Their Bourgogne Blanc comes from vineyards which are within the boundaries of Meursault but just outside the appellation. Such generic Burgundies are excellent choices for good value, especially as this wine is treated with the same care, attention and barrel ageing as its more senior brethren.

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There are more top producers in Meursault than in any other commune of the Côte d’Or. Certainly it is the most famous and popular of the great white appellations. Its wines are typically rich and savoury with nutty, honeyed hints and buttery, vanilla spice from the oak.

Even though it is considerably larger than its southerly neighbours Chassagne and Puligny, Meursault contains no Grands Crus. Its three best Premiers Crus, however – Les Perrières, Les Genevrières and Les Charmes – produce some of the region’s greatest whites: they are full, round and powerful, and age very well. Les Perrières in particular can produce wines of Grand Cru quality, a fact that is often reflected in its price. Meursault has also been one of the driving forces of biodynamic viticulture in the region, as pioneered by Lafon and Leflaive.

Many of the vineyards below Premier Cru, known as ‘village’ wines, are also well worth looking at. The growers vinify their different vineyard holdings separately, which rarely happens in Puligny or Chassagne. Such wines can be labelled with the ‘lieu-dit’ vineyard alongside (although in smaller type to) the Meursault name.

Premier Cru Meursault should be enjoyed from five to 15 years of age, although top examples can last even longer. Village wines, meanwhile, are normally at their best from three to 10 years.

Very occasionally, red Meursault is produced with some fine, firm results. The best red Pinot Noir terroir, Les Santenots, is afforded the courtesy title of Volnay Santenots, even though it is actually in Meursault.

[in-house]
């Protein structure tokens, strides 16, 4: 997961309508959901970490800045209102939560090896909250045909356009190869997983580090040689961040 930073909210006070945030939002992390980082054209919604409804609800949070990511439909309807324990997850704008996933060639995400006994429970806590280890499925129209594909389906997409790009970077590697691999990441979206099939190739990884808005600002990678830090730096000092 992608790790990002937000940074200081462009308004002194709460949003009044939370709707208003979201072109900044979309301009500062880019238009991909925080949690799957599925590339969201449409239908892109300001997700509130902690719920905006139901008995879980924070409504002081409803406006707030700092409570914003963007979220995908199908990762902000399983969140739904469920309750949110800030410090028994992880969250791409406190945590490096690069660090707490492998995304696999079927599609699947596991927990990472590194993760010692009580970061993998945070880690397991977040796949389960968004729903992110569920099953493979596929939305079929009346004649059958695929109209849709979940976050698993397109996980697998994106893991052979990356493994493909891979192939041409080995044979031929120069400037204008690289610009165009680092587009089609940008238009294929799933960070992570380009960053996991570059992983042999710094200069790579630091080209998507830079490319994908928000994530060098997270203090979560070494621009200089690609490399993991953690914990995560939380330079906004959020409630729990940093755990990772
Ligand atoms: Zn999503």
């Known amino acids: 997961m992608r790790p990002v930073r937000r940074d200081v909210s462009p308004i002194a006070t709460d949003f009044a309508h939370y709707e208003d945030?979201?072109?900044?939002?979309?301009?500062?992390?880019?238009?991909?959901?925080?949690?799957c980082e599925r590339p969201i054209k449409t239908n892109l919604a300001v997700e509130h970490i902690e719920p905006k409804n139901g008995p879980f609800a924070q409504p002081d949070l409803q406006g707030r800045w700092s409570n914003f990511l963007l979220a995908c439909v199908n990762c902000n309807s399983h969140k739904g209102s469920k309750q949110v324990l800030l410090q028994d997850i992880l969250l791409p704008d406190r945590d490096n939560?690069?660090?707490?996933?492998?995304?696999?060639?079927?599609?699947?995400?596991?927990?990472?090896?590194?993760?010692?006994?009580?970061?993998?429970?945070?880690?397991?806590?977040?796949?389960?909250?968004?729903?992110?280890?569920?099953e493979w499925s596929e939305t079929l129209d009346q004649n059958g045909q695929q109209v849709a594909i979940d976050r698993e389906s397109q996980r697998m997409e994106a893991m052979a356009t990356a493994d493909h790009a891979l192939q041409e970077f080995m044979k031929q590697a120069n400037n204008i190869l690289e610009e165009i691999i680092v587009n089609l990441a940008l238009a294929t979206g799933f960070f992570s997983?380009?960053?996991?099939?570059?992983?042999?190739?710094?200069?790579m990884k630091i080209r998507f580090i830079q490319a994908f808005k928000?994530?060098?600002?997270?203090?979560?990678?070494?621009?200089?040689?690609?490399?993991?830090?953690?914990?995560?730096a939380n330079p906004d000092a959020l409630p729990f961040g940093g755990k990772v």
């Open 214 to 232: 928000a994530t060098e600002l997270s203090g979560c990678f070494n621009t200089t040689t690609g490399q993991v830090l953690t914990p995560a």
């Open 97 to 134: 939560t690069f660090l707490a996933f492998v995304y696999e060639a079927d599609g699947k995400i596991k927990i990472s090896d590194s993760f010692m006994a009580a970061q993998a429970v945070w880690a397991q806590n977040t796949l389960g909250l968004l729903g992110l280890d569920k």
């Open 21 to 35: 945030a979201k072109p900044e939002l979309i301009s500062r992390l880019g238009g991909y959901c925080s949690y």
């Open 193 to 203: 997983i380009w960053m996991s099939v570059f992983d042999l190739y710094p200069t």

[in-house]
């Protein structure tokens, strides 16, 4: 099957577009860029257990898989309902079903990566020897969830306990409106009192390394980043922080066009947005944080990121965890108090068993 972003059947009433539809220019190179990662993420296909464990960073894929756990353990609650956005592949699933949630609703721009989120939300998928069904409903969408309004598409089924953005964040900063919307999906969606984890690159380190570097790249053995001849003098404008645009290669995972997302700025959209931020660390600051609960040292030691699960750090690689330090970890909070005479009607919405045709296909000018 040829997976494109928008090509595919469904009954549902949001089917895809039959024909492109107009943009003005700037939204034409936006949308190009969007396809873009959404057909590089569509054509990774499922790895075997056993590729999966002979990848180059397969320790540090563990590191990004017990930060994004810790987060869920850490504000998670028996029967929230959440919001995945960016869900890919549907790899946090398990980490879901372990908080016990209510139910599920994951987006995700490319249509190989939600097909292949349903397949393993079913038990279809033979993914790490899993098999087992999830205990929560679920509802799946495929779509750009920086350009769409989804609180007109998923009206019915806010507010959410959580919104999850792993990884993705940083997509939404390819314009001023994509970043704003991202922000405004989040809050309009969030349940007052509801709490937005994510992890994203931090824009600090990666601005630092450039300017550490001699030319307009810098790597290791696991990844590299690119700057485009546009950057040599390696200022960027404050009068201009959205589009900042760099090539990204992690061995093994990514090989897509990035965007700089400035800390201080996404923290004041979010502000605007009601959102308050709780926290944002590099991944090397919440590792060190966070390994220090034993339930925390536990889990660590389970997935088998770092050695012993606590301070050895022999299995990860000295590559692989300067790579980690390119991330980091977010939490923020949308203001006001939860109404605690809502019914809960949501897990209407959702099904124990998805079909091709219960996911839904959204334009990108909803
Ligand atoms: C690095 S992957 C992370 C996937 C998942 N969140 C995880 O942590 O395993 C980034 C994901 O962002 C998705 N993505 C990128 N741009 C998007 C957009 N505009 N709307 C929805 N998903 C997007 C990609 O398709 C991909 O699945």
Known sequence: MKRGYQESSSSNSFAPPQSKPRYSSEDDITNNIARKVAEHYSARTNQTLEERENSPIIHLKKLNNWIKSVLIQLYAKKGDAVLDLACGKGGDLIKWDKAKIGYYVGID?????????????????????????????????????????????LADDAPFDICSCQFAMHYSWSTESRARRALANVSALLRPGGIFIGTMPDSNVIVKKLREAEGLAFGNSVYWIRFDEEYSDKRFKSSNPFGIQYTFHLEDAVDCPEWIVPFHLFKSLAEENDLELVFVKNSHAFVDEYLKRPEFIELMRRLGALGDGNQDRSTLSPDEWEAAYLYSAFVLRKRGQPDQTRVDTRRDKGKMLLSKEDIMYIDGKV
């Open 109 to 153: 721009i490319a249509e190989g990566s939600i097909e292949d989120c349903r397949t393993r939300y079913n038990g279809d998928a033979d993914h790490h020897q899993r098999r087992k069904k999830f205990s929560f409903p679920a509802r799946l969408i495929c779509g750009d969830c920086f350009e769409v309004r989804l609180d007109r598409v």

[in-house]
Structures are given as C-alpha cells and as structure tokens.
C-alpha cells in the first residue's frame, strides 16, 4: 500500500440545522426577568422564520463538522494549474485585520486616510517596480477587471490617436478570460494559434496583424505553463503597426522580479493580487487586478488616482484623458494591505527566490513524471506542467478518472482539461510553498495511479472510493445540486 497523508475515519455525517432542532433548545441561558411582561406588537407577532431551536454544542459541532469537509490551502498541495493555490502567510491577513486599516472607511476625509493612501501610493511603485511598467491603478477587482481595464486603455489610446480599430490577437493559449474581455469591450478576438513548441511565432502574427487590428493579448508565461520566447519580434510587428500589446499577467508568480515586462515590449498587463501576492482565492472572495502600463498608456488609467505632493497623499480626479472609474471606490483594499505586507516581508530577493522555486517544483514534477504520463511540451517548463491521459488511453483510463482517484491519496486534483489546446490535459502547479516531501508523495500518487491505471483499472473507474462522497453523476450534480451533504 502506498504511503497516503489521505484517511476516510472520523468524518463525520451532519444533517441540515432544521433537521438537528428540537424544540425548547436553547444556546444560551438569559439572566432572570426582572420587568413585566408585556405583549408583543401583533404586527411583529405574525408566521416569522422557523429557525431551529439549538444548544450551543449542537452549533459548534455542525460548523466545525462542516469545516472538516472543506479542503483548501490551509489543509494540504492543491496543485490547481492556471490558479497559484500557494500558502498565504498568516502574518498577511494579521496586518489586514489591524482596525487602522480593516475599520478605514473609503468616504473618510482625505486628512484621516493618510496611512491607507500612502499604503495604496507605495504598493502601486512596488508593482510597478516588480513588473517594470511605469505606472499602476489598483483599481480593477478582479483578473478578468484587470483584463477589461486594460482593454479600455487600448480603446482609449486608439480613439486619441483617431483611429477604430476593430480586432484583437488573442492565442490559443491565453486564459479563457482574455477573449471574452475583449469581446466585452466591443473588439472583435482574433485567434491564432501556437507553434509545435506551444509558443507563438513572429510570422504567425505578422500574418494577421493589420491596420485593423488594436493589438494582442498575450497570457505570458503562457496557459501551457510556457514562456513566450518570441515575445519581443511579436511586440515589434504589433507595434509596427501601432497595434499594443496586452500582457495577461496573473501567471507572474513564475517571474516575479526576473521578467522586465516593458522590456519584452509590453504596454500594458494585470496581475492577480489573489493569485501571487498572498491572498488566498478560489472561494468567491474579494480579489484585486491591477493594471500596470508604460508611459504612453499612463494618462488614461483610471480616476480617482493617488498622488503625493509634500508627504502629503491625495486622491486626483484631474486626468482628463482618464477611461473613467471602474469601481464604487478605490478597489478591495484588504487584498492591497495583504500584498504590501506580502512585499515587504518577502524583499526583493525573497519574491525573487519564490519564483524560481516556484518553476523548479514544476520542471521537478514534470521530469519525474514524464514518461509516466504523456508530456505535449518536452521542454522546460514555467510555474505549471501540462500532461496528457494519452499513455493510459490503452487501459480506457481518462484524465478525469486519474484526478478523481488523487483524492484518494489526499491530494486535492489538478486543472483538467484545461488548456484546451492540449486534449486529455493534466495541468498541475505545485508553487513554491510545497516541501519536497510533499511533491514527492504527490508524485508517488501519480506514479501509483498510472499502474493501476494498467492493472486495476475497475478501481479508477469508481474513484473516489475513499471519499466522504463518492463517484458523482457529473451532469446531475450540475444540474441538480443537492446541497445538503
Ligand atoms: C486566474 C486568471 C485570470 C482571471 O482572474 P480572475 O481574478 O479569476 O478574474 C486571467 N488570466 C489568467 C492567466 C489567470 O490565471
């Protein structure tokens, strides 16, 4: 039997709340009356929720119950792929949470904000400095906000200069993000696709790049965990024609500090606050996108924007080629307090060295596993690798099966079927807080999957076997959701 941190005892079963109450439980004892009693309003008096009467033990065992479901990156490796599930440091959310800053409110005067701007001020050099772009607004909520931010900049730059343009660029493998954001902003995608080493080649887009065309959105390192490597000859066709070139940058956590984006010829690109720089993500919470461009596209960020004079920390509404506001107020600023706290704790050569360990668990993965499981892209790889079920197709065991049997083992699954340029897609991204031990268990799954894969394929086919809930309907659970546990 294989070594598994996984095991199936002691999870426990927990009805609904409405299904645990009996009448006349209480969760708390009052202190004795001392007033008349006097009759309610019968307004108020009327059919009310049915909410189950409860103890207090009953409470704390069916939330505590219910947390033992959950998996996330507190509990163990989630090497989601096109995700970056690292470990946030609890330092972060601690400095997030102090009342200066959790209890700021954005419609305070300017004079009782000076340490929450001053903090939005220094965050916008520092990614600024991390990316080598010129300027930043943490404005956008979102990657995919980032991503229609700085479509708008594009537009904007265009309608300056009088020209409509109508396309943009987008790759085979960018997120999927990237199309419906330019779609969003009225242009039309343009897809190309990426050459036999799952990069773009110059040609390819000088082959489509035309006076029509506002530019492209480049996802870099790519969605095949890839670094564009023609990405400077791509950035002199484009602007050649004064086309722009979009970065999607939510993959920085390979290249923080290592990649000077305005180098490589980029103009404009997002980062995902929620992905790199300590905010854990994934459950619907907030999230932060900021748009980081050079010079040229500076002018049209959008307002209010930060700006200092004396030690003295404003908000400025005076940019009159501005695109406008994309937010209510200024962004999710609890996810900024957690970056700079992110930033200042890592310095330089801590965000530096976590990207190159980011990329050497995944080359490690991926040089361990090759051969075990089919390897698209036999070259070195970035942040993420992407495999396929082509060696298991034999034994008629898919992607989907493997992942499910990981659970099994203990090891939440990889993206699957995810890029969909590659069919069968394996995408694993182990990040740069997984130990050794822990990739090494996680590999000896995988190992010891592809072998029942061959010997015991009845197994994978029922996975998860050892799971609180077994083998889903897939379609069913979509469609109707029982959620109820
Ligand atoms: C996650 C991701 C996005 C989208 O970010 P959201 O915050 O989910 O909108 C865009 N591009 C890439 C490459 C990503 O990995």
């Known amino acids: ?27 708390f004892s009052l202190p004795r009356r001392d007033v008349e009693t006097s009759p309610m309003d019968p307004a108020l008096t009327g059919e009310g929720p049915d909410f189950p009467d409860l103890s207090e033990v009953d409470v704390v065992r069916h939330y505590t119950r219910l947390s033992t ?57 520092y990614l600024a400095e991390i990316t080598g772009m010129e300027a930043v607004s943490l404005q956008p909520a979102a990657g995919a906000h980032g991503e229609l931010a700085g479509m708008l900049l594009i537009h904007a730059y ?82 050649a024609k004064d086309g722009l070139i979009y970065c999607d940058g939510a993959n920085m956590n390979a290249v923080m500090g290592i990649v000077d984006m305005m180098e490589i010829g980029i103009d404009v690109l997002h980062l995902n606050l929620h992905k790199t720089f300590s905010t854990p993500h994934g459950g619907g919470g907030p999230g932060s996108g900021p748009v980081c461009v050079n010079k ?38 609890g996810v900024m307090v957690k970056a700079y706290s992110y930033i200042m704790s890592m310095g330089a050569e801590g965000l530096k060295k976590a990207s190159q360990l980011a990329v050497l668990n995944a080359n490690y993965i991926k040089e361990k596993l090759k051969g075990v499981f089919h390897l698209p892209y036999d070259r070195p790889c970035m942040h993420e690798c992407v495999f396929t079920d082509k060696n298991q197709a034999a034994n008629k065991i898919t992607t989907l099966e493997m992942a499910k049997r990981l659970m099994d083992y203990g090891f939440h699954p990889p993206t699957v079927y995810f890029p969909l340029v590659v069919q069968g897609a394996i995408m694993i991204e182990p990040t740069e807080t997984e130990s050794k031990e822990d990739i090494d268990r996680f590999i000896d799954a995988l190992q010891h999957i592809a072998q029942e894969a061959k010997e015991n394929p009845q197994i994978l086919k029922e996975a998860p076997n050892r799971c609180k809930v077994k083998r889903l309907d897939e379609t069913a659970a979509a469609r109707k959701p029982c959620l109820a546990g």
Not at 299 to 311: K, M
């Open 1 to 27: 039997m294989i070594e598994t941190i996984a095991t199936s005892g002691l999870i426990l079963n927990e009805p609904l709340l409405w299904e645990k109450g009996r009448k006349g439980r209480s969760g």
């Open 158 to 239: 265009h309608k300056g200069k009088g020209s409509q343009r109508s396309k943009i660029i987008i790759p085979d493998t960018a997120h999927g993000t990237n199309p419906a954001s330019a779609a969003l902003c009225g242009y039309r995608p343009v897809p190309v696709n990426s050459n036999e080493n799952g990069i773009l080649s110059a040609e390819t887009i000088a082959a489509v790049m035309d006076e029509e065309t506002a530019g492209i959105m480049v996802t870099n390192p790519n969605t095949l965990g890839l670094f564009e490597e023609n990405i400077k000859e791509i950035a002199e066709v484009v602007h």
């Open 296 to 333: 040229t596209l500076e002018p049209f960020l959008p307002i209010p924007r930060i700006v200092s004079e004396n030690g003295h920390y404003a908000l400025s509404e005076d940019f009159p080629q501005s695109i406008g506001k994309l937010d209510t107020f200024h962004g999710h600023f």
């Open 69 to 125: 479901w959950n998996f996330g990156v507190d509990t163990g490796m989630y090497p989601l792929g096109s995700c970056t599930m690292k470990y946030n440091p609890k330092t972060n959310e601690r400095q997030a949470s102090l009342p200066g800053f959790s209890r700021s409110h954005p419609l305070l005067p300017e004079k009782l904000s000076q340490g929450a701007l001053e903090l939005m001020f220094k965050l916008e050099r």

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Chardonnay is the "Big Daddy" of white wine grapes and one of the most widely planted in the world. It is suited to a wide variety of soils, though it excels in soils with a high limestone content as found in Champagne, Chablis, and the Côte D`Or.

Burgundy is Chardonnay's spiritual home and the best White Burgundies are dry, rich, honeyed wines with marvellous poise, elegance and balance. They are unquestionably the finest dry white wines in the world. Chardonnay plays a crucial role in the Champagne blend, providing structure and finesse, and is the sole grape in Blanc de Blancs.

It is quantitatively important in California and Australia, is widely planted in Chile and South Africa, and is the second most widely planted grape in New Zealand. In warm climates Chardonnay has a tendency to develop very high sugar levels during the final stages of ripening and this can occur at the expense of acidity. Late picking is a common problem and can result in blowsy and flabby wines that lack structure and definition.

Recently in the New World, we have seen a move towards more elegant, better- balanced and less oak-driven Chardonnays, and this is to be welcomed.